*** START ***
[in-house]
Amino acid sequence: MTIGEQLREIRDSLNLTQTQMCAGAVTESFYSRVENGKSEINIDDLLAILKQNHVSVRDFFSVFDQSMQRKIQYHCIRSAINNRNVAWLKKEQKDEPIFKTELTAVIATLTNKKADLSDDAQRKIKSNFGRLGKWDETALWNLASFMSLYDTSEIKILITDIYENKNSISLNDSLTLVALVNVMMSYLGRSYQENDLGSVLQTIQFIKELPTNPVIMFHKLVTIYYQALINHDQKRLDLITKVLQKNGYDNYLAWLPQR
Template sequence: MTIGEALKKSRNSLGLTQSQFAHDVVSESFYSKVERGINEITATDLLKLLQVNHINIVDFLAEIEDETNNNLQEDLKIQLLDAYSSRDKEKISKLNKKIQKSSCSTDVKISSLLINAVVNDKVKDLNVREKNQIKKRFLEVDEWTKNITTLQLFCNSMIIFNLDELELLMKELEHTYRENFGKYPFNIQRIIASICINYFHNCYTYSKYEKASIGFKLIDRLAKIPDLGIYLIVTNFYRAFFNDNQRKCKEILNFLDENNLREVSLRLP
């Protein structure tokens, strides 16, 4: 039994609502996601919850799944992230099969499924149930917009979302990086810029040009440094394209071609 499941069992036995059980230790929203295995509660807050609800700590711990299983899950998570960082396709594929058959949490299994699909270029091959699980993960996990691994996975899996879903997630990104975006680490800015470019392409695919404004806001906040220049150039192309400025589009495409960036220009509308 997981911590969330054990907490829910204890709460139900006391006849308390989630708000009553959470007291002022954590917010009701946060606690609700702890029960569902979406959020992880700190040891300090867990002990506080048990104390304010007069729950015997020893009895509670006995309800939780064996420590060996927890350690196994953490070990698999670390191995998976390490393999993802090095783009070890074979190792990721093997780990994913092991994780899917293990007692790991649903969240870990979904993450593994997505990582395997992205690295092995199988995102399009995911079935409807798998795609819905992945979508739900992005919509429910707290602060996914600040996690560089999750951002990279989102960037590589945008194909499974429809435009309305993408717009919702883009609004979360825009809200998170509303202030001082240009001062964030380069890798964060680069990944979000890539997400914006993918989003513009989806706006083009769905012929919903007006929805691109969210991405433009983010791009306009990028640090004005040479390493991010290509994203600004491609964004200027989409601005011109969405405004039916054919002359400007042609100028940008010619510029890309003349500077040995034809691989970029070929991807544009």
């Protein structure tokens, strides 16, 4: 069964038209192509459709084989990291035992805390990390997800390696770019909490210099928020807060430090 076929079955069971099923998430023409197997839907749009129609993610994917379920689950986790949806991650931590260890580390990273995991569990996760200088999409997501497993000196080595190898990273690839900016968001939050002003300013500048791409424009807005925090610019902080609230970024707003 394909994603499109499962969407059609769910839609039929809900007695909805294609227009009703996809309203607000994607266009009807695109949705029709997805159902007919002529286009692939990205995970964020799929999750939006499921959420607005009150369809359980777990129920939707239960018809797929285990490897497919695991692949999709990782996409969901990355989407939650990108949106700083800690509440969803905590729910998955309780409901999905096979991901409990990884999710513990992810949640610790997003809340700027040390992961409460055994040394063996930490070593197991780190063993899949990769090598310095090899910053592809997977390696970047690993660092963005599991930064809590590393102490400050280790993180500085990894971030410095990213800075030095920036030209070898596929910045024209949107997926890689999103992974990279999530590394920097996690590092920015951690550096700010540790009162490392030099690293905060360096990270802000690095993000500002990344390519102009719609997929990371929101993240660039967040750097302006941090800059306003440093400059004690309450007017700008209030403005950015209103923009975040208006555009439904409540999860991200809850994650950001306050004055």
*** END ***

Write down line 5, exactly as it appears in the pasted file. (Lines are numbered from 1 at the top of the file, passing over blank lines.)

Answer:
């Protein structure tokens, strides 16, 4: 069964038209192509459709084989990291035992805390990390997800390696770019909490210099928020807060430090 076929079955069971099923998430023409197997839907749009129609993610994917379920689950986790949806991650931590260890580390990273995991569990996760200088999409997501497993000196080595190898990273690839900016968001939050002003300013500048791409424009807005925090610019902080609230970024707003 394909994603499109499962969407059609769910839609039929809900007695909805294609227009009703996809309203607000994607266009009807695109949705029709997805159902007919002529286009692939990205995970964020799929999750939006499921959420607005009150369809359980777990129920939707239960018809797929285990490897497919695991692949999709990782996409969901990355989407939650990108949106700083800690509440969803905590729910998955309780409901999905096979991901409990990884999710513990992810949640610790997003809340700027040390992961409460055994040394063996930490070593197991780190063993899949990769090598310095090899910053592809997977390696970047690993660092963005599991930064809590590393102490400050280790993180500085990894971030410095990213800075030095920036030209070898596929910045024209949107997926890689999103992974990279999530590394920097996690590092920015951690550096700010540790009162490392030099690293905060360096990270802000690095993000500002990344390519102009719609997929990371929101993240660039967040750097302006941090800059306003440093400059004690309450007017700008209030403005950015209103923009975040208006555009439904409540999860991200809850994650950001306050004055």